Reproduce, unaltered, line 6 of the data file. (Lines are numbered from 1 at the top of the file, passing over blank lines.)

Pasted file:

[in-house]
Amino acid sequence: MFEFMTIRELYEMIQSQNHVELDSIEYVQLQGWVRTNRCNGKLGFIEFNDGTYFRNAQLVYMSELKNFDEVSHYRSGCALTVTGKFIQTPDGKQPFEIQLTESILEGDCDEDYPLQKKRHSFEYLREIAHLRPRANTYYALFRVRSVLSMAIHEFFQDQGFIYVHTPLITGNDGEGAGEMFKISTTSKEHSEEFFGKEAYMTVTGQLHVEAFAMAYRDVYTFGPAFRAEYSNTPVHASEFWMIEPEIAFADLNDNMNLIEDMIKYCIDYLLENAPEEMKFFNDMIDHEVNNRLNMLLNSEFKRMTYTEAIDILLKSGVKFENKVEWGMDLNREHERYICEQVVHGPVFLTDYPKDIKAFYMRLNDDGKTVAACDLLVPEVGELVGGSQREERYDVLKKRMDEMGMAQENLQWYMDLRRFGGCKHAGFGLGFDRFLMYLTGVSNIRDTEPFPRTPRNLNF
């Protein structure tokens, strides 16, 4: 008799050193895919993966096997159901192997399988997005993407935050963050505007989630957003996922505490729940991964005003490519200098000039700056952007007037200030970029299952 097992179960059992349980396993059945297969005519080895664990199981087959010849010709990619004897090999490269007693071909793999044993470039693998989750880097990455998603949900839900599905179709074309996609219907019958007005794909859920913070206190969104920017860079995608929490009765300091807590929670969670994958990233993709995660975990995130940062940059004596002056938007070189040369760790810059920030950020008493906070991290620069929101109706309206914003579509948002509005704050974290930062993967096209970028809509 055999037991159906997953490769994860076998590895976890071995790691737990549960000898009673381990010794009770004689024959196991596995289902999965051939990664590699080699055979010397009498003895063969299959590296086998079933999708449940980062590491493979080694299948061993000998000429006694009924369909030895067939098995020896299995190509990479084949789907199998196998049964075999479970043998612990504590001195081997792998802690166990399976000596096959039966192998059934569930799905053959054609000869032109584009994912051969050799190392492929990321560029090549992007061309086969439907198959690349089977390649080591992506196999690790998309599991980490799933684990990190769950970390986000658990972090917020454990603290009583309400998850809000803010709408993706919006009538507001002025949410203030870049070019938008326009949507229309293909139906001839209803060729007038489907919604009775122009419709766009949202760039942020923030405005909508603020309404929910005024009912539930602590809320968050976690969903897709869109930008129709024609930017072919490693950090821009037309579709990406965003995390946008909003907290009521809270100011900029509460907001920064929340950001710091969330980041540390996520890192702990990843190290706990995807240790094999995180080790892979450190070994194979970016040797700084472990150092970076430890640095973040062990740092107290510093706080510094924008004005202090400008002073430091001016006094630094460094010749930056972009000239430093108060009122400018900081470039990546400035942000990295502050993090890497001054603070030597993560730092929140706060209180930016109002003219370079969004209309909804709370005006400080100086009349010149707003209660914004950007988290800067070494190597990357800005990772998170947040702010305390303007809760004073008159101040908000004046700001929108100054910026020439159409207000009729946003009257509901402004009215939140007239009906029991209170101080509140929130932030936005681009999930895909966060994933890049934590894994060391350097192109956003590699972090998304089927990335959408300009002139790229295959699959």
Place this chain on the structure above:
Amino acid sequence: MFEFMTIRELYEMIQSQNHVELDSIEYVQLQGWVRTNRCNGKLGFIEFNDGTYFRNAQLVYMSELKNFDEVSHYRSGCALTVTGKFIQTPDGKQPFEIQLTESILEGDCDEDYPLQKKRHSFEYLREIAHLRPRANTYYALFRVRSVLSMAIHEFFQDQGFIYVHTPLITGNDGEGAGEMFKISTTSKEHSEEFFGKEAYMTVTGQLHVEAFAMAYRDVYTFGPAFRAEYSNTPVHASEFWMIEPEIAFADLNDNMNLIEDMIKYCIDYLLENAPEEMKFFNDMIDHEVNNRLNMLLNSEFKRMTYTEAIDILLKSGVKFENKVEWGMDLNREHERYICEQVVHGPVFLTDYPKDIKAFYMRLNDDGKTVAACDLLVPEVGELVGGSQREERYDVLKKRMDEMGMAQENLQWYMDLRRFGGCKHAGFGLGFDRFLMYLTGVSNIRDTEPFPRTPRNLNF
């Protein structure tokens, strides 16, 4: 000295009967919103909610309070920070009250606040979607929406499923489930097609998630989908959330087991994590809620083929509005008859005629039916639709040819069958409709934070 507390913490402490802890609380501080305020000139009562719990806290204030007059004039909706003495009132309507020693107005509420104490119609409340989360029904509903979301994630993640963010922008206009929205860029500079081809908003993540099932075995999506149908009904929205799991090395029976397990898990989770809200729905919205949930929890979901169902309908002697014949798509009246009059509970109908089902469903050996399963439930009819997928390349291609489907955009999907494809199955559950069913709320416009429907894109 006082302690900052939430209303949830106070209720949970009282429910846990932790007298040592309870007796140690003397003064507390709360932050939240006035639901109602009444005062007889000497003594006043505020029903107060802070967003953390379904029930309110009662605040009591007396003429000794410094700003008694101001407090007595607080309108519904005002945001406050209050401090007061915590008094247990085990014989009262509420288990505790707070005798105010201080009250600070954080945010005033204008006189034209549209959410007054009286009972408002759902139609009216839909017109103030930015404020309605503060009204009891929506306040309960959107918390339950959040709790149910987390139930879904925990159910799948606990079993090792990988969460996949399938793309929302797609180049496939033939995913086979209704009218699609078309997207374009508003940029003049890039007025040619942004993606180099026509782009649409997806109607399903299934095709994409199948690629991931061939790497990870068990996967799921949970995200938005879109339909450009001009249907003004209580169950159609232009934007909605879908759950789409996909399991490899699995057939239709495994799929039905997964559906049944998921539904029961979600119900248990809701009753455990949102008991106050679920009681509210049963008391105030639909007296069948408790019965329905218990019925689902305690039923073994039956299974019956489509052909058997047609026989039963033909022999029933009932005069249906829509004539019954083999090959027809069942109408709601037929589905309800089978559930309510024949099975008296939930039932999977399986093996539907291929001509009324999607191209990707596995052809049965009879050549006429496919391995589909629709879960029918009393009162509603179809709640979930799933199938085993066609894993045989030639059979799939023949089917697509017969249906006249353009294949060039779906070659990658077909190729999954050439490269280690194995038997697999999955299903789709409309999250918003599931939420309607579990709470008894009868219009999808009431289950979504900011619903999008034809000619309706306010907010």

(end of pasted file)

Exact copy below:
């Protein structure tokens, strides 16, 4: 000295009967919103909610309070920070009250606040979607929406499923489930097609998630989908959330087991994590809620083929509005008859005629039916639709040819069958409709934070 507390913490402490802890609380501080305020000139009562719990806290204030007059004039909706003495009132309507020693107005509420104490119609409340989360029904509903979301994630993640963010922008206009929205860029500079081809908003993540099932075995999506149908009904929205799991090395029976397990898990989770809200729905919205949930929890979901169902309908002697014949798509009246009059509970109908089902469903050996399963439930009819997928390349291609489907955009999907494809199955559950069913709320416009429907894109 006082302690900052939430209303949830106070209720949970009282429910846990932790007298040592309870007796140690003397003064507390709360932050939240006035639901109602009444005062007889000497003594006043505020029903107060802070967003953390379904029930309110009662605040009591007396003429000794410094700003008694101001407090007595607080309108519904005002945001406050209050401090007061915590008094247990085990014989009262509420288990505790707070005798105010201080009250600070954080945010005033204008006189034209549209959410007054009286009972408002759902139609009216839909017109103030930015404020309605503060009204009891929506306040309960959107918390339950959040709790149910987390139930879904925990159910799948606990079993090792990988969460996949399938793309929302797609180049496939033939995913086979209704009218699609078309997207374009508003940029003049890039007025040619942004993606180099026509782009649409997806109607399903299934095709994409199948690629991931061939790497990870068990996967799921949970995200938005879109339909450009001009249907003004209580169950159609232009934007909605879908759950789409996909399991490899699995057939239709495994799929039905997964559906049944998921539904029961979600119900248990809701009753455990949102008991106050679920009681509210049963008391105030639909007296069948408790019965329905218990019925689902305690039923073994039956299974019956489509052909058997047609026989039963033909022999029933009932005069249906829509004539019954083999090959027809069942109408709601037929589905309800089978559930309510024949099975008296939930039932999977399986093996539907291929001509009324999607191209990707596995052809049965009879050549006429496919391995589909629709879960029918009393009162509603179809709640979930799933199938085993066609894993045989030639059979799939023949089917697509017969249906006249353009294949060039779906070659990658077909190729999954050439490269280690194995038997697999999955299903789709409309999250918003599931939420309607579990709470008894009868219009999808009431289950979504900011619903999008034809000619309706306010907010």